Engineering a Better Future

Souradeep Bhattacharya aims to make an impact where the needs are greatest

Souradeep Bhattacharya

Souradeep Bhattacharya

RIVERSIDE, Calif. (www.ucr.edu) — When Souradeep Bhattacharya began his studies at UCR, he did not know the kind of impact he wanted to make on the world.

Bhattacharya, a double major in bioengineering and electrical engineering, came to UCR from the San Francisco Bay area. In his first year, he had trouble adjusting to his newfound freedom, and was placed on academic probation.

“I had a heavy course load, I volunteered as a campus safety escort, and spent time with friends. Being put on academic probation was a wake-up call,” Bhattacharya said. “My entire life, I looked forward to becoming an engineer, and for the first time, that was in jeopardy.”

After getting back on track, Bhattacharya joined the Electrical and Computer Engineering department’s information technology team as a systems administrator. This position propelled him into becoming a data programmer in Assistant Professor Zak Kassas’ research group.

In his final year at UCR, Bhattacharya co-authored a peer-reviewed article about ways to improve navigation systems on long-term evolution, or LTE receivers, calculation, and performance. His article, “Computationally Efficient Receiver Design for Mitigating Multipath for Positioning with LTE Signals,” was written for the Institute of Navigation’s Global Navigation Satellite Systems conference.

As a member of UCR’s chapter of the Institute of Electrical and Electronics Engineers (IEEE), Bhattacharya participated in hackathons and workshops to develop technical, social, and professional engineering skills. He is also part of the institute’s honor society and UCR’s Biomedical Engineering Society.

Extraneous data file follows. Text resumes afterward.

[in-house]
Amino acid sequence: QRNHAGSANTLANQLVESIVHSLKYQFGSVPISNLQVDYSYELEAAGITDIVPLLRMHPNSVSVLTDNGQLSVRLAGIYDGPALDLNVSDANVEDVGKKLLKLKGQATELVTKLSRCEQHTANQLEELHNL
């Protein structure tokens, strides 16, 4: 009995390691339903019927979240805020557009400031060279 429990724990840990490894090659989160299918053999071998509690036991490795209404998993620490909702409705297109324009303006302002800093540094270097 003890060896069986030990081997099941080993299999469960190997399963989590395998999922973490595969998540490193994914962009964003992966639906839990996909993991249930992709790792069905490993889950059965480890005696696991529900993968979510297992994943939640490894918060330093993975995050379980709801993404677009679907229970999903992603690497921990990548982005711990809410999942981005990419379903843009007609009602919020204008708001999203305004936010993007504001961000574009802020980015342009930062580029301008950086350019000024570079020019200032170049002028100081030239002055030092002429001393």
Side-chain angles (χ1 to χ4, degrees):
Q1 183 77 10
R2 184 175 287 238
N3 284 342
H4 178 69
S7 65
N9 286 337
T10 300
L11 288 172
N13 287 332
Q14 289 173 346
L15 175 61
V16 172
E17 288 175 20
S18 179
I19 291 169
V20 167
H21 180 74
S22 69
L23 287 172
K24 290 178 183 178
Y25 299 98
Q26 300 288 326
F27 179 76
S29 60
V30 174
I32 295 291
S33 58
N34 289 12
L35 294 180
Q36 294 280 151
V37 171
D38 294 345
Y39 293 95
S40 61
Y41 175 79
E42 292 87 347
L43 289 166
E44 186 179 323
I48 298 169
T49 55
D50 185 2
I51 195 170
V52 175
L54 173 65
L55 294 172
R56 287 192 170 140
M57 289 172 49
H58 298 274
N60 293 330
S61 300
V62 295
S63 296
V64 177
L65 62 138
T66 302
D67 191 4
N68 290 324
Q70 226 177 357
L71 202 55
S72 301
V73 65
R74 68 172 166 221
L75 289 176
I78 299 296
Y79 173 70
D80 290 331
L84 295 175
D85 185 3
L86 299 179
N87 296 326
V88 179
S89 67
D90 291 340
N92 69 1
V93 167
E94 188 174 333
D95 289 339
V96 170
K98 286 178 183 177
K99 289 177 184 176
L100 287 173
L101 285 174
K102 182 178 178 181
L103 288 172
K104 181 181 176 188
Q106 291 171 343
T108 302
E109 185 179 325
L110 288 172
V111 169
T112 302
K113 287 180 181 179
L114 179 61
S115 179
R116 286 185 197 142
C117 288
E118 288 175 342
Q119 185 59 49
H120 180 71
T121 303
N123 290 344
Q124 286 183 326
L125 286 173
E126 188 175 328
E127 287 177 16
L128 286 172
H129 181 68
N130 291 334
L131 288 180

“I really want to enjoy what I do and help others. My double major has prepared me to solve the challenges of the future,” Bhattacharya said.

Bhattacharya taught the Machine Learning and Artificial Intelligence R’Course, during which he aimed to help students who did not have a computer science background to gain an understanding of these concepts.

“My mom has motivated me to get involved on campus and teach others. In the IEEE’s solarium, I help students who are stuck and need support. If I don’t know how to help, I point them in the right direction,” Bhattacharya said.

“My dad has inspired me to keep pushing myself. He knows everything, and I want to be like that – the person people turn to if they need help.”

This year, Bhattacharya won the Outstanding Achievement award for the Marlan and Rosemary Bourns College of Engineering.

“If you would have told me when I started, that I would win this award, I would not have believed it. I enjoy what I do, and it shows,” Bhattacharya said.

After graduation, Bhattacharya wants to work for a technology company, pursue a graduate degree, and explore a career that straddles biomedical and electrical engineering.

-Brittney Carolina

 

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